Camellia sinensis is the plant from which virtually all caffeinated teas derive. UNH neuroscience major Laura Van Beaver has been working to flip one particular gene like a switch, which changes the plant in a significant way.

Courtesy of MPD

Manchester Police say they’ve arrested nine alleged drug dealers and seized more than $90,000 worth of Oxycodone tablets.

The drugs seized over the course of 13 searches on August 27th came by way of New York and Lawrence Massachusetts according to authorities. The individuals arrested were affiliated with what they are calling a “high level” Drug Trafficking Organization. Three of the individuals behind bars were operating at the top of the chain.

Sgt. Brian O’Keefe says the multi-agency investigation began nearly a year ago and is still ongoing.

Courtesy of MPD

 Manchester Police have reported the seizure of more 11 pounds of synthetic marijuana known commonly as spice from a Manchester tattoo parlor. The drugs sold as incense had a retail value of more than $25,000.

The search warrant was executed at two Spider Bite locations two weeks ago as part of a months-long, multi-agency investigation that began well before a spate of overdoses that occurred in the middle of August.

Sgt. Brian O’Keefe says the department kept the seizures close to the chest since the investigation is still ongoing.

Ryan Lessard / NHPR

  Former BAE Systems CEO Walt Havenstein is the Republican nominee governor.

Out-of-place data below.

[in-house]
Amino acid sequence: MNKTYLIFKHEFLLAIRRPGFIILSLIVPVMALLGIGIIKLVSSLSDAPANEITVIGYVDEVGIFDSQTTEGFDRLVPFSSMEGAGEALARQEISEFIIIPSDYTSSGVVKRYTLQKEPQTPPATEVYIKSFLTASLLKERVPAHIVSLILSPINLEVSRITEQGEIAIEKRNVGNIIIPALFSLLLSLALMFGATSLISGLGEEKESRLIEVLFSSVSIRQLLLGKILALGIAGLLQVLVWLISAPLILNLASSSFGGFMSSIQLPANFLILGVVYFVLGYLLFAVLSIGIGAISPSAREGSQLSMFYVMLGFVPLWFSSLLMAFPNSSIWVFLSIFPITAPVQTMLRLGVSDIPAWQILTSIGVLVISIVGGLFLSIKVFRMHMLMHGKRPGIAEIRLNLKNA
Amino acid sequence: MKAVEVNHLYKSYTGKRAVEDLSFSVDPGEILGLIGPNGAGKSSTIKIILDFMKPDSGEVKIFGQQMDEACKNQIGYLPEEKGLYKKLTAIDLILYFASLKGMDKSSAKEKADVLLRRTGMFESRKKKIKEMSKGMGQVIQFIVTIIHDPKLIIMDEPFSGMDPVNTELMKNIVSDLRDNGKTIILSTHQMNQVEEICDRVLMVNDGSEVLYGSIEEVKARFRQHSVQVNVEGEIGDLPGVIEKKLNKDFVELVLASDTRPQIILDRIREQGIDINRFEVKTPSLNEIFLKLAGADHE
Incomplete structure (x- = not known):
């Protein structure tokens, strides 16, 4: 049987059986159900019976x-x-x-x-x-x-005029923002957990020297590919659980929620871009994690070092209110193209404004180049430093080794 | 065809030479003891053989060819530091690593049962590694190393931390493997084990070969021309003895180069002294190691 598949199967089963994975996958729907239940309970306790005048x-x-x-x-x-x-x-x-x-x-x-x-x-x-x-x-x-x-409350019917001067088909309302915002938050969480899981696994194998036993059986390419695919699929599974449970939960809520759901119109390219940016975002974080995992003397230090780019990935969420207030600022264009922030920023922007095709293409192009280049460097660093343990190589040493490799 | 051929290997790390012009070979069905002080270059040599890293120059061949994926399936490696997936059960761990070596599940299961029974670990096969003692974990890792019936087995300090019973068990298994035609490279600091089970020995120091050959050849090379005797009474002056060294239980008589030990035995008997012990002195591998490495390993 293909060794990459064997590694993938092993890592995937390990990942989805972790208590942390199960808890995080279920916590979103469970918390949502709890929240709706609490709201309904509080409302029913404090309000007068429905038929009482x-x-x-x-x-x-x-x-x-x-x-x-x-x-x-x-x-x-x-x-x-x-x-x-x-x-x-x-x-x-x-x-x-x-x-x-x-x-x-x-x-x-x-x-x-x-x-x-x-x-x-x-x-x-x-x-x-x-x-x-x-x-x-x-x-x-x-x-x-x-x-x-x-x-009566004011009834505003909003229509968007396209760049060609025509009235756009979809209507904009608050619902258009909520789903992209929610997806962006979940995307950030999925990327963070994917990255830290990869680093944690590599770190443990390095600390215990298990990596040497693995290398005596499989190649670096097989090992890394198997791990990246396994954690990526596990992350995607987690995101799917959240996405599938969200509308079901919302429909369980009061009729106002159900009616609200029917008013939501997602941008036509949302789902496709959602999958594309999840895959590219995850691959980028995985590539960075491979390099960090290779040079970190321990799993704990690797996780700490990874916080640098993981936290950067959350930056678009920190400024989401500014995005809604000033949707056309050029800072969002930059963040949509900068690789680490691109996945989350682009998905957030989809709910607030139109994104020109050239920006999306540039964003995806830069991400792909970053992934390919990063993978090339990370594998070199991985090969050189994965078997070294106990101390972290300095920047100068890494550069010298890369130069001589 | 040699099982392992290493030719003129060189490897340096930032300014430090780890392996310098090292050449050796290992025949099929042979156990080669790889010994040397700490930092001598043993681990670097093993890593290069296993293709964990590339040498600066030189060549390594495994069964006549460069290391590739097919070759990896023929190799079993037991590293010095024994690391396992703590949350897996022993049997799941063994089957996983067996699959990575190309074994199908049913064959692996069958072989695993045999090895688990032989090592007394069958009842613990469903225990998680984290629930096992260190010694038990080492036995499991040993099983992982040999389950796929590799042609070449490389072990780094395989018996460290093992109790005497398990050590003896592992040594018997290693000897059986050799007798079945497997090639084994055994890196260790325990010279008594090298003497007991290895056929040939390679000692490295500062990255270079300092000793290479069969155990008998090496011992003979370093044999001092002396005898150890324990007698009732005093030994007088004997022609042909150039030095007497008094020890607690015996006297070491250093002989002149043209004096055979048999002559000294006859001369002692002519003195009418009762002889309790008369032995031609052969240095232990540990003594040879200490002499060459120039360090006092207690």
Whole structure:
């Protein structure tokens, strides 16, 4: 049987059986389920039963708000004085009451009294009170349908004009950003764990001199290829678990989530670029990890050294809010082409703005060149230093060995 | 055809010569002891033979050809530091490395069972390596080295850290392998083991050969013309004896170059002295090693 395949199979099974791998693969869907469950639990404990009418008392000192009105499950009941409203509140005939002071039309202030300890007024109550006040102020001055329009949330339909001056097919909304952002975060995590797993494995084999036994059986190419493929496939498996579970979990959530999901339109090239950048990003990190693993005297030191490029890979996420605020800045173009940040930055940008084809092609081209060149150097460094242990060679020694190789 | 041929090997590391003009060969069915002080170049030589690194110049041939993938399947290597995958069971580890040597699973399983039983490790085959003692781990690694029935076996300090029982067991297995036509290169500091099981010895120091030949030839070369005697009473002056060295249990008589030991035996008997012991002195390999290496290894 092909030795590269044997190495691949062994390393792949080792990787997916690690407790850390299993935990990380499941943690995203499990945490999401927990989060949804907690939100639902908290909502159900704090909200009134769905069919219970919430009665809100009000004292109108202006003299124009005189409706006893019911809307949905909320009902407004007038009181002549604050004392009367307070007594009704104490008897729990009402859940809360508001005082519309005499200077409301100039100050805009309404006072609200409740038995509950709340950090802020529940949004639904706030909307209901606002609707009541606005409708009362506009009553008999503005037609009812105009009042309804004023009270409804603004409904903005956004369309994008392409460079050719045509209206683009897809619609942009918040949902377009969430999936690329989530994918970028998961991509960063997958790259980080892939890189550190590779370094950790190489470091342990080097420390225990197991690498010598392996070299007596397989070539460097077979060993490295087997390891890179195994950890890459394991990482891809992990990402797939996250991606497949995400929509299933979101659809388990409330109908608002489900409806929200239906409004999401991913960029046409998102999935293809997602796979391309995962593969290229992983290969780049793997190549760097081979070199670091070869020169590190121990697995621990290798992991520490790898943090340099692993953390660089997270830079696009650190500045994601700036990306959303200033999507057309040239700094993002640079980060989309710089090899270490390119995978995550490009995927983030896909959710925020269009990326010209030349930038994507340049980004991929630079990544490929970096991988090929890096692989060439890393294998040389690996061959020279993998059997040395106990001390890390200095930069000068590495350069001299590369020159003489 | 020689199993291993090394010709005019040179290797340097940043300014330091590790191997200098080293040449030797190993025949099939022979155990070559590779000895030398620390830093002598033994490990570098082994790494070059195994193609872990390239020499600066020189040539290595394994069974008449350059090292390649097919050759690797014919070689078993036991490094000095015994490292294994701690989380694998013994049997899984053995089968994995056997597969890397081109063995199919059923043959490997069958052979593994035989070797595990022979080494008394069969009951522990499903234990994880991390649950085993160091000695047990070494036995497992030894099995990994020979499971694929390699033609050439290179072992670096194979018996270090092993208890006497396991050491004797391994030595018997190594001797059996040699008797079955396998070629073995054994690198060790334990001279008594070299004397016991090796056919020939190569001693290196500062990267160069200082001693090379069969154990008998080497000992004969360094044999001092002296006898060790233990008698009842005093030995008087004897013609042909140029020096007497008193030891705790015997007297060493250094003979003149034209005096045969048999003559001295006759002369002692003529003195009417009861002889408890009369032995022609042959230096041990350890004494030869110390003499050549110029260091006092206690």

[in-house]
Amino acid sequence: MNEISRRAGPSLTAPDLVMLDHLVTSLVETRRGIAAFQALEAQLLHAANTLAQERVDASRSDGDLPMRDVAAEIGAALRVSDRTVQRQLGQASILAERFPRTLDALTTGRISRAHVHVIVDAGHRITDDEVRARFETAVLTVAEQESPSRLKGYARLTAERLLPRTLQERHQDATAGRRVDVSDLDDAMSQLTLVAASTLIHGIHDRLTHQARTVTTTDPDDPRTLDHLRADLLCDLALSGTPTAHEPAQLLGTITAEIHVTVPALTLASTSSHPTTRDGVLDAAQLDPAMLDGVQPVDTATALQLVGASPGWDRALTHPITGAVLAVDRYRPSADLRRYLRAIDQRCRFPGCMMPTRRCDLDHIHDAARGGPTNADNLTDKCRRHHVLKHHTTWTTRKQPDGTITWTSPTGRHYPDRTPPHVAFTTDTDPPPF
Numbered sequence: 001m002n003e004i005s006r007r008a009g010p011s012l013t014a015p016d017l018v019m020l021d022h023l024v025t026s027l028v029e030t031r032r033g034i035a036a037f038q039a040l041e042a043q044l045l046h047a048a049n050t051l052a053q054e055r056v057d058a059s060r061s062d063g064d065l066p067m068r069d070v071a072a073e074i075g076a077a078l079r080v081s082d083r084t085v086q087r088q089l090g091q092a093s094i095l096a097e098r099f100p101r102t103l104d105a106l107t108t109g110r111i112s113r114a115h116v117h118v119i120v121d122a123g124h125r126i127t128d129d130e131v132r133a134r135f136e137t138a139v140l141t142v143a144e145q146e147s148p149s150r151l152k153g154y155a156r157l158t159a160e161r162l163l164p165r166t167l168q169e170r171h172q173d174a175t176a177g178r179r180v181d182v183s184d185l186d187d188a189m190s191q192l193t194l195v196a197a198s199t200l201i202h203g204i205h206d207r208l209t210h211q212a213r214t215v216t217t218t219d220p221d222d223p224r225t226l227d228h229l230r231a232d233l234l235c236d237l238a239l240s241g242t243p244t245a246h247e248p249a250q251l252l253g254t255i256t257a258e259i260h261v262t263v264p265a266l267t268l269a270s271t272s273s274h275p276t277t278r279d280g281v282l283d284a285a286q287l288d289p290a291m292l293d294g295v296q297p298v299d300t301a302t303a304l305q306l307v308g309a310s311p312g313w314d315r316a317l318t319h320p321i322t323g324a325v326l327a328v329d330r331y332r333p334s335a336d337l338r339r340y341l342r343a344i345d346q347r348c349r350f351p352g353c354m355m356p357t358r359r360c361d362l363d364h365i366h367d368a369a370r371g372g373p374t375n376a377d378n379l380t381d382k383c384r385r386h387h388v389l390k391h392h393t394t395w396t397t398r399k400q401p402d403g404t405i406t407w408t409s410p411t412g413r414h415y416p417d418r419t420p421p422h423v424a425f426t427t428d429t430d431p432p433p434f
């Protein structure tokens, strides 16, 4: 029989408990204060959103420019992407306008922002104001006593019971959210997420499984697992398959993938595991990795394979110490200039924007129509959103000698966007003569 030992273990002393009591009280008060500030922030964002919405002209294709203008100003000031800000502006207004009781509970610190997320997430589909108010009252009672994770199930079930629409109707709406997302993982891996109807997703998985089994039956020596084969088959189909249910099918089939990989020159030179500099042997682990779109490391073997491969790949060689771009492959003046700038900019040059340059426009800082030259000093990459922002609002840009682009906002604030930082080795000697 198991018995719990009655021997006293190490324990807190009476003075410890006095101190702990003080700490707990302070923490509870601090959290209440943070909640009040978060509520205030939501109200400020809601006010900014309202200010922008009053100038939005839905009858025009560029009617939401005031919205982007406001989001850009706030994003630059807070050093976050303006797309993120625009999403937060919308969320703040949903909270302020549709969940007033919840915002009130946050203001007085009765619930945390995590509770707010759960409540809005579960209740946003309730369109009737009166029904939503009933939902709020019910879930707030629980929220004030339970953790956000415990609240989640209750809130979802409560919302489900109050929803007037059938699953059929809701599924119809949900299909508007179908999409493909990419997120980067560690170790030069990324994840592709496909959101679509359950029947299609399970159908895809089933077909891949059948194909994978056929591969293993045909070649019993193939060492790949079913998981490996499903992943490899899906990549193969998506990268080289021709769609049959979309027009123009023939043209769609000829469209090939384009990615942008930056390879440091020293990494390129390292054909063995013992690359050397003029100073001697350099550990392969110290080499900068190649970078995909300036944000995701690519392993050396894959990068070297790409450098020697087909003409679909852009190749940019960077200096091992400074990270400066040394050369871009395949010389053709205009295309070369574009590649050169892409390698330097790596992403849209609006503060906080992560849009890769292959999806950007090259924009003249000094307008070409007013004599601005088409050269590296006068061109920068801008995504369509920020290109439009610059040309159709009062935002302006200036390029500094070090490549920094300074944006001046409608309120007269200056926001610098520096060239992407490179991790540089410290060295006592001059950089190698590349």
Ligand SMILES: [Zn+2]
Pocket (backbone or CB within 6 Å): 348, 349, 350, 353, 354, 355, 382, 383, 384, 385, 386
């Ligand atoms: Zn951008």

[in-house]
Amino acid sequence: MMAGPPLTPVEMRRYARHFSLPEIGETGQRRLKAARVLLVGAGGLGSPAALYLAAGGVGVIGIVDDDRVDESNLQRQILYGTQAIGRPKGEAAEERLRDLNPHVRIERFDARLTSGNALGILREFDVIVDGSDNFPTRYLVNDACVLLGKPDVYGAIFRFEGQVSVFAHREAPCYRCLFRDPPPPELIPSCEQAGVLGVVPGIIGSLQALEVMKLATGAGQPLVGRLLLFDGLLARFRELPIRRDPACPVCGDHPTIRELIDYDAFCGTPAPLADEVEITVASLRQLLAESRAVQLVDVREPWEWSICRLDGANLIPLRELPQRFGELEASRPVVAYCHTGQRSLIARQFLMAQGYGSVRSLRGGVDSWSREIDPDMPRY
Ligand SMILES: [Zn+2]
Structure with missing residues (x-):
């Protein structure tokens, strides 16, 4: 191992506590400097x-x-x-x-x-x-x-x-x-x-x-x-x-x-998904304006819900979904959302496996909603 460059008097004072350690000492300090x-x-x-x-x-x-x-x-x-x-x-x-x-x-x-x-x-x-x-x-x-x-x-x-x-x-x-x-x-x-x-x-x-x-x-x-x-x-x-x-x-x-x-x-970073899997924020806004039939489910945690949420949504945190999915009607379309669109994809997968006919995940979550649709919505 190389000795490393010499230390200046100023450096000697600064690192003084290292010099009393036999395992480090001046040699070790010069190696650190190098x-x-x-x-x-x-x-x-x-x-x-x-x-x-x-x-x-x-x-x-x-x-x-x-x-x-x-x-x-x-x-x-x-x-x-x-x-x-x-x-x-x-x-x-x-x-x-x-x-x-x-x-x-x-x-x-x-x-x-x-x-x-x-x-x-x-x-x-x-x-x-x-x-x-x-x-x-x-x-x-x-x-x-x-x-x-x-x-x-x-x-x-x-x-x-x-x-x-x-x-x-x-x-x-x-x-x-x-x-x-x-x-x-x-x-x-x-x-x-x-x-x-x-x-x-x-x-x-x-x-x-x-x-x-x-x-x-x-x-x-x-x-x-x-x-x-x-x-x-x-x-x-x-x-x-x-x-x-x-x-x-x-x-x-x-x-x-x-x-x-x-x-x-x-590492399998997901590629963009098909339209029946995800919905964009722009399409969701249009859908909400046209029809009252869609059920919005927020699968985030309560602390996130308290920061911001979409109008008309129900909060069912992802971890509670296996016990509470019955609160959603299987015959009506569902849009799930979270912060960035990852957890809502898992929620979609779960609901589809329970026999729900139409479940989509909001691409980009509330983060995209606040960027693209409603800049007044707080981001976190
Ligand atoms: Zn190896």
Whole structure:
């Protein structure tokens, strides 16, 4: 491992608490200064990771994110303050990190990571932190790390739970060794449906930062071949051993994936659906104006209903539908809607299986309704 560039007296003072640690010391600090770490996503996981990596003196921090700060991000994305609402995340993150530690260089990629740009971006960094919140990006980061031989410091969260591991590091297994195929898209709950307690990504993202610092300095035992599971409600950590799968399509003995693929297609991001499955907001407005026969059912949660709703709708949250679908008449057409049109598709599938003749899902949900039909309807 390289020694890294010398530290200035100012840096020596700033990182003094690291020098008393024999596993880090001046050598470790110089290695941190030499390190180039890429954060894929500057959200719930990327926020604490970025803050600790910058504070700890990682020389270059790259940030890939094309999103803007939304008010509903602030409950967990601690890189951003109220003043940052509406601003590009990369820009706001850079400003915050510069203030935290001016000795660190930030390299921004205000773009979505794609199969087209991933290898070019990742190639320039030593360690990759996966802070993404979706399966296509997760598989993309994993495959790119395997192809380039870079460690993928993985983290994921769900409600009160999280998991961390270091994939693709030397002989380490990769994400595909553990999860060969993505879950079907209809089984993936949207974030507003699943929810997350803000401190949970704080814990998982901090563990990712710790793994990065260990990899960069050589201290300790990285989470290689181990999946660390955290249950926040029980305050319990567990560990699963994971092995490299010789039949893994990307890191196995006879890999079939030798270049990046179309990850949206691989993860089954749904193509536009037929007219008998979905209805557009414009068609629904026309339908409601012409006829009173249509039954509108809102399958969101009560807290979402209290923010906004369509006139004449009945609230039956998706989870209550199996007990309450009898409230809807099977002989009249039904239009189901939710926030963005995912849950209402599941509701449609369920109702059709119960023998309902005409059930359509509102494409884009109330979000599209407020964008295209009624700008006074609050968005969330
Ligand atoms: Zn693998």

Walt Havenstein didn’t always run strong in this race but he won by nearly 20 points over Andrew Hemingway. He said voters in the general election will have a clear choice.

“The choice is going to be about the future of our state and whether or not we’re gonna maintain and stay in this economic stagnation or if we’re actually gonna take a bold course to change our economic outcome for the future prosperity of our state.”

Sara Plourde / NHPR

  Republican gubernatorial hopefuls Walt Havenstein and Andrew Hemingway held their last debate Friday. They differed on how they say they would lead and improve the state’s business climate.

Political activist and serial entrepreneur Andrew Hemingway, when asked how his business experience would inform his style of governance, said New Hampshire is a small-business state.

New Hampshire lawmakers say they’re thinking outside the criminal code when it comes to the designer drug known as Spice and may consider consumer protection laws such as labeling requirements.

A study committee met for the second time Thursday to look into ways to create a statewide approach to banning the substance, which has proven to be a challenge through conventional legislation.

Ryan Lessard / NHPR

  As former President of BAE Systems, Walt Havenstein led one of New Hampshire’s largest employers. That’s one reason top Republicans encouraged the millionaire business-man to get into the governor’s race. Havenstein has vastly outspent his Republican opponent but this race remains tight.

Ryan Lessard / NHPR

At 32 years old, Republican Andrew Hemingway would be the youngest governor in the history of New Hampshire.

That, coupled with his being known primarily as a political activist, makes his candidacy a bit of a long shot. But Hemingway is banking on his traditional conservative values coupled with his tech savvy.

Courtesy image/Manchester PD

  A newly formed committee to study ways to regulate and control the designer drug known as Spice held its first meeting Wednesday.

The committee was created by legislation signed in the last session. Senator Molly Kelly of Keene was the legislation’s author and is now the Chair of the study committee.

“There’ll be different components than just looking at the criminal law. We can look at even our consumer protection law on labeling.”